Macro Photography on the Cheap

All lenses have a limit on how close they can focus. This is because as objects move closer to the lens, the focal point moves further back, eventually beyond the plane of the film or sensor. An obvious way around this problem is to move the lens further away from the camera. That’s what macro extension tubes do.

For those who cannot afford a dedicated macro lens there are other options, just as good, but that require a little patience, for macro photography.

Extension Tubes or a Reverse lens ring.

The macro extension tubes that I use are very cheap and simple. As you can see from the second photo, it comes in five sections. At each end is a bayonet ring for mounting the tube to the lens and camera body (in this case Nikon). In between those any combination of three threaded tubes of varying length can be used to change the extension by varying degrees. That’s all there is to these tubes, nothing more.

Pros and cons

Here’s the costs/benefits of tubes like mine:

-You need to manual focus, my moving the lens/camera closer or nearer to the object, the same result is achieved by moving the object you are taking a photo of.

-You have no auto control on the camera, you need to put it in Manual to be able to take any photos. You have no aperture on some lenses, the 50mm on the other hand is great for macros as it allows you to change the aperture manually on the lens.

-You could overtighten the threads on the extension tubes making them difficult to unscrew.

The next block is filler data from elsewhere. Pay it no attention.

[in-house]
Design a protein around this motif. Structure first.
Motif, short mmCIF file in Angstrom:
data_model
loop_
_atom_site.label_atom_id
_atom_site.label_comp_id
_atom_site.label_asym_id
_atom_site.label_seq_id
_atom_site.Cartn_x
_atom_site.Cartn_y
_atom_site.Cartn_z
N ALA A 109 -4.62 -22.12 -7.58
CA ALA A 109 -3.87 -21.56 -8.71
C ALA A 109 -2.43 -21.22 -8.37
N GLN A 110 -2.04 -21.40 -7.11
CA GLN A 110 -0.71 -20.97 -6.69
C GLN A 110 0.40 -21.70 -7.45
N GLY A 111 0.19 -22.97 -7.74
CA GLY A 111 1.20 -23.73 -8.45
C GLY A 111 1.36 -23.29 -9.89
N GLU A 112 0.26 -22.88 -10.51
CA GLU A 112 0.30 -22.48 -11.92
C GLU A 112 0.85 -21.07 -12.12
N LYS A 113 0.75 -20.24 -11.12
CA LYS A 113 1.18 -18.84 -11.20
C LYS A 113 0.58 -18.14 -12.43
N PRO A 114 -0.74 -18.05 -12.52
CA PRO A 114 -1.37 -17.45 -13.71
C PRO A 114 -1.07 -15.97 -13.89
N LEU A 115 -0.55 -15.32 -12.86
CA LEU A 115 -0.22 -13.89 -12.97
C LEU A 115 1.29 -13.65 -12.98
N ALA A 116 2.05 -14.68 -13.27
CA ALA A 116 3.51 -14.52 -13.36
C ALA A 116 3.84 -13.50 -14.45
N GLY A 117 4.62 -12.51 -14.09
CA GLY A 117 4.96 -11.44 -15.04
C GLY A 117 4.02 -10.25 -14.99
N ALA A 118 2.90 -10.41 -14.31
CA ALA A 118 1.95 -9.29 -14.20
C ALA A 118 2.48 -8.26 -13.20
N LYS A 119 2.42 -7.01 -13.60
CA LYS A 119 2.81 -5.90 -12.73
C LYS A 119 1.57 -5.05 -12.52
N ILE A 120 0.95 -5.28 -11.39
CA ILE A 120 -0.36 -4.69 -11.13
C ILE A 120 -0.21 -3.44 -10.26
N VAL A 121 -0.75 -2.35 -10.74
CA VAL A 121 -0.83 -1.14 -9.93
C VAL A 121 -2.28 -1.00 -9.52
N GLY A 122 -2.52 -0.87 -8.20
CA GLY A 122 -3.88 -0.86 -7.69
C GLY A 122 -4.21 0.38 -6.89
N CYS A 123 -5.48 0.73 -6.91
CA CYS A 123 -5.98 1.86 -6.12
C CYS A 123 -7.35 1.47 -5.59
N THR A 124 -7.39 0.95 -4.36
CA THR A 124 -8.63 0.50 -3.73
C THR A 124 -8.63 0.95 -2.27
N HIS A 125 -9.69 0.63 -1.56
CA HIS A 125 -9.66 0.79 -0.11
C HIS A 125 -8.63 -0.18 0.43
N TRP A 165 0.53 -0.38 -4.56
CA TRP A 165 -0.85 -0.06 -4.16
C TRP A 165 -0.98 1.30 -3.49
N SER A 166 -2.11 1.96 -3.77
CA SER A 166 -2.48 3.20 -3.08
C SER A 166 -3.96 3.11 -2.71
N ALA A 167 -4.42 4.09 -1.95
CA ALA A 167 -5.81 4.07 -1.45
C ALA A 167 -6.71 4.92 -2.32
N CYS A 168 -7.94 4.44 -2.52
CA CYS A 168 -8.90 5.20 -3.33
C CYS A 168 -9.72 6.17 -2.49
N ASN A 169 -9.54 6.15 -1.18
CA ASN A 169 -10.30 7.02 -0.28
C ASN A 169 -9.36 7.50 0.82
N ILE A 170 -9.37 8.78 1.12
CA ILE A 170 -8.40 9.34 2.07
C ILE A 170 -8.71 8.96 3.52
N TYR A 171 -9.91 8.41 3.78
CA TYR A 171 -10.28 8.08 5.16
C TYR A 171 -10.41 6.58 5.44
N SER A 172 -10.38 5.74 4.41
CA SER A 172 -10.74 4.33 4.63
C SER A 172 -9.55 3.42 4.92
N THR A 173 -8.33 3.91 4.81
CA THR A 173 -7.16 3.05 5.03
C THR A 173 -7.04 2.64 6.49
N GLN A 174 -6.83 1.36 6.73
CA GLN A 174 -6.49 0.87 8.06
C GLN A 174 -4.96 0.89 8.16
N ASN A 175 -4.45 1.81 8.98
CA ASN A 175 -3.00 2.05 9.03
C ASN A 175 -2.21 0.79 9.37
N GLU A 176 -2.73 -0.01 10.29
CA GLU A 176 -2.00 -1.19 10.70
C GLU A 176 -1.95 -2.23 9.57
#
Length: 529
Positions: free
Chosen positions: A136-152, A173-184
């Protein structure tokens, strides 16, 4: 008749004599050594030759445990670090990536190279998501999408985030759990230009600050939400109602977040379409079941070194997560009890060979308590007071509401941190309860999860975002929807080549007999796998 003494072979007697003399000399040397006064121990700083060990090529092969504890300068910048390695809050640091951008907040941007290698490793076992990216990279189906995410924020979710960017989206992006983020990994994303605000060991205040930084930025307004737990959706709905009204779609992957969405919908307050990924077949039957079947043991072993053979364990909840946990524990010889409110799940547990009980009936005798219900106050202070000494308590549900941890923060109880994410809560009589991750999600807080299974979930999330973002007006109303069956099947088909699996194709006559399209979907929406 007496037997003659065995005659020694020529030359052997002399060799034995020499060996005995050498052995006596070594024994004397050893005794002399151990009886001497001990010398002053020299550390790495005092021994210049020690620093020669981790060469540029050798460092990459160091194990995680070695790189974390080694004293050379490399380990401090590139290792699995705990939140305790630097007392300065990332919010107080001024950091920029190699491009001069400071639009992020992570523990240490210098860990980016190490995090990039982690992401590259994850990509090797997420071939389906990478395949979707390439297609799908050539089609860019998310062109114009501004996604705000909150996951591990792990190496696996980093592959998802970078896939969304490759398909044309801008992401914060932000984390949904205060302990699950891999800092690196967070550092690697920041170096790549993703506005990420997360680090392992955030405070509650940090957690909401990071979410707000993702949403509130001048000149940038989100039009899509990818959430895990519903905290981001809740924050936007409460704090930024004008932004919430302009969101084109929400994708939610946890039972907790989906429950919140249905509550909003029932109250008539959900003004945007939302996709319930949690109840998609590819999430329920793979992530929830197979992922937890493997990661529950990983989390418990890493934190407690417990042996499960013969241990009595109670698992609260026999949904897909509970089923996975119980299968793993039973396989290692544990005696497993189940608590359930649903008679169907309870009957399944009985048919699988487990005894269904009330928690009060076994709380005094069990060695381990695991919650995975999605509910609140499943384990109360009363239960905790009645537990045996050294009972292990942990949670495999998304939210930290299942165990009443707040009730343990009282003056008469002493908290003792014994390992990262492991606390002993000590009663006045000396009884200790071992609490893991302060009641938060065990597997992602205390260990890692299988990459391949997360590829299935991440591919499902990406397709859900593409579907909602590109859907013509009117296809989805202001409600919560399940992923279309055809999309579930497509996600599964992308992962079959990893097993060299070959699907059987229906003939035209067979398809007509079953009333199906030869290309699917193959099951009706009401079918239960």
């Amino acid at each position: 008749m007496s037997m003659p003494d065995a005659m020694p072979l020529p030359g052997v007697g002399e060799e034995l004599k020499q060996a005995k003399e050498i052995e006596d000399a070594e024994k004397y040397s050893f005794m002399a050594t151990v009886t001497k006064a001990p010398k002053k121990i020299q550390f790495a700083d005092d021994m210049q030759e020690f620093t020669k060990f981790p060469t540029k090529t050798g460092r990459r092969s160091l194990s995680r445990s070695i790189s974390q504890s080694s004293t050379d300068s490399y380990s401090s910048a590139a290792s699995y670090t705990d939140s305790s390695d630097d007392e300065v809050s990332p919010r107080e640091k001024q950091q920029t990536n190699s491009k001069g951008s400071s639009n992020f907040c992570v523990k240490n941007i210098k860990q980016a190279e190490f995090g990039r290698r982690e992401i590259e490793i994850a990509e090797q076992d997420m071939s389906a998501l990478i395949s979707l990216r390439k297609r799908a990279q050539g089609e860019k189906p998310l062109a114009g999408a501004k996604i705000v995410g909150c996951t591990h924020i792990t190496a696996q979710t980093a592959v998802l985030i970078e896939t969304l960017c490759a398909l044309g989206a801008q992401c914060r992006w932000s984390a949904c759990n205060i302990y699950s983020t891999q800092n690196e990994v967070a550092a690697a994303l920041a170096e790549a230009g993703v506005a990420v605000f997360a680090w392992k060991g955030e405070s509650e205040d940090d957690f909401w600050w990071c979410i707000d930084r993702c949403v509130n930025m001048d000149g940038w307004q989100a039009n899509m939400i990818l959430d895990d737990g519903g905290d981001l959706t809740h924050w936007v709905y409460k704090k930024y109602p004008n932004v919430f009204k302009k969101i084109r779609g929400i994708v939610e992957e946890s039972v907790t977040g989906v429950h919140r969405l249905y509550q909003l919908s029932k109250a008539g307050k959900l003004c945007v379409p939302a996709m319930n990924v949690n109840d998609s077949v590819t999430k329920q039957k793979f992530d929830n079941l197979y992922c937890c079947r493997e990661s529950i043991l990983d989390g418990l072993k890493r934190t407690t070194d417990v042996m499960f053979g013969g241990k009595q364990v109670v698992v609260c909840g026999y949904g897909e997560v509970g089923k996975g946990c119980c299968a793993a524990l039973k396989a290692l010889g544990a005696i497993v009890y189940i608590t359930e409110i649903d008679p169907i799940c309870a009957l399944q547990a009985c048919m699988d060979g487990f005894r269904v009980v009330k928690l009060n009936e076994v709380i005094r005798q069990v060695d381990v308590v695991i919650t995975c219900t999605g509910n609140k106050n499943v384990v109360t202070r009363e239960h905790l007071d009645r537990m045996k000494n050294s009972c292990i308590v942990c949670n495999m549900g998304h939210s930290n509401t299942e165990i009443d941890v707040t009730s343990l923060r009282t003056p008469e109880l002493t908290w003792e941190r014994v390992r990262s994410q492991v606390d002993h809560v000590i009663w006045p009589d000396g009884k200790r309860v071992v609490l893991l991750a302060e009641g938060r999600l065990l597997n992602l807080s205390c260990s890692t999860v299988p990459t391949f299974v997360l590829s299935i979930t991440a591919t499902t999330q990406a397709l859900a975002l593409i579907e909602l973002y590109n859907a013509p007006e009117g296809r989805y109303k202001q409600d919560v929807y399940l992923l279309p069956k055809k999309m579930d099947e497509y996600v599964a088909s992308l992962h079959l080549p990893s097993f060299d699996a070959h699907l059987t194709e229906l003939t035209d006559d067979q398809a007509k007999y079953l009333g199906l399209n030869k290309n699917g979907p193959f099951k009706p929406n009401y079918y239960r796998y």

-You need to be careful with the lens on a tripod as the centre of gravity changes putting greater stress on the cameras body´s lens mount.

-You need plenty of light. As the objects are closer to the lens, the light is blocked by the lens, so you need a side, overhead, backlighting source of light. Not a problem in a studio of course.

-As there is no data connection between the camera and the lens so the EXIF data will not be complete.


-Photographic opportunities otherwise unavailable (without very expensive specialist lenses) are possible.

-Economical.  I got mine from

– They have them for various makes of camera. There are others that cost more. Kenko for example.

-A light and compact addition to your gear. I carry mine with me everywhere.

-Useful even with telephoto lenses. A long lens is great for making things bigger, but they can’t focus very close at all. An extension tube can allow you to enlarge with the telephoto but still maintain a good working distance.

-Mechanically simple. There’s not much that can go wrong with these.

-They’ll get you thinking about new ways to take photos. Extension tubes make your lenses a whole lot more flexible, and don’t just have to be for photos of insects or flowers.

A macro reverse ring.

You need to make sure to buy one the correct size for your lens. I have two one for 67mm and one for 52mm.

The reverse ring focuses closer than the extension tubes. And they work like this:

Take the lens off the camera, place the reverse ring onto the camera in the same way as you would attach a lens, turn the lens around, back to front and attach to the reverse ring. You attach the side that the filter goes.

The strengths and weaknesses match above, but with the lens in the reverse position you need to take care of the electronics of the lens against damage.

A tripod is highly recommended.

The extensions tubes and reverse ring have opened up a whole new world for my photography without the expensive of a dedicated macro lens. They are great fun.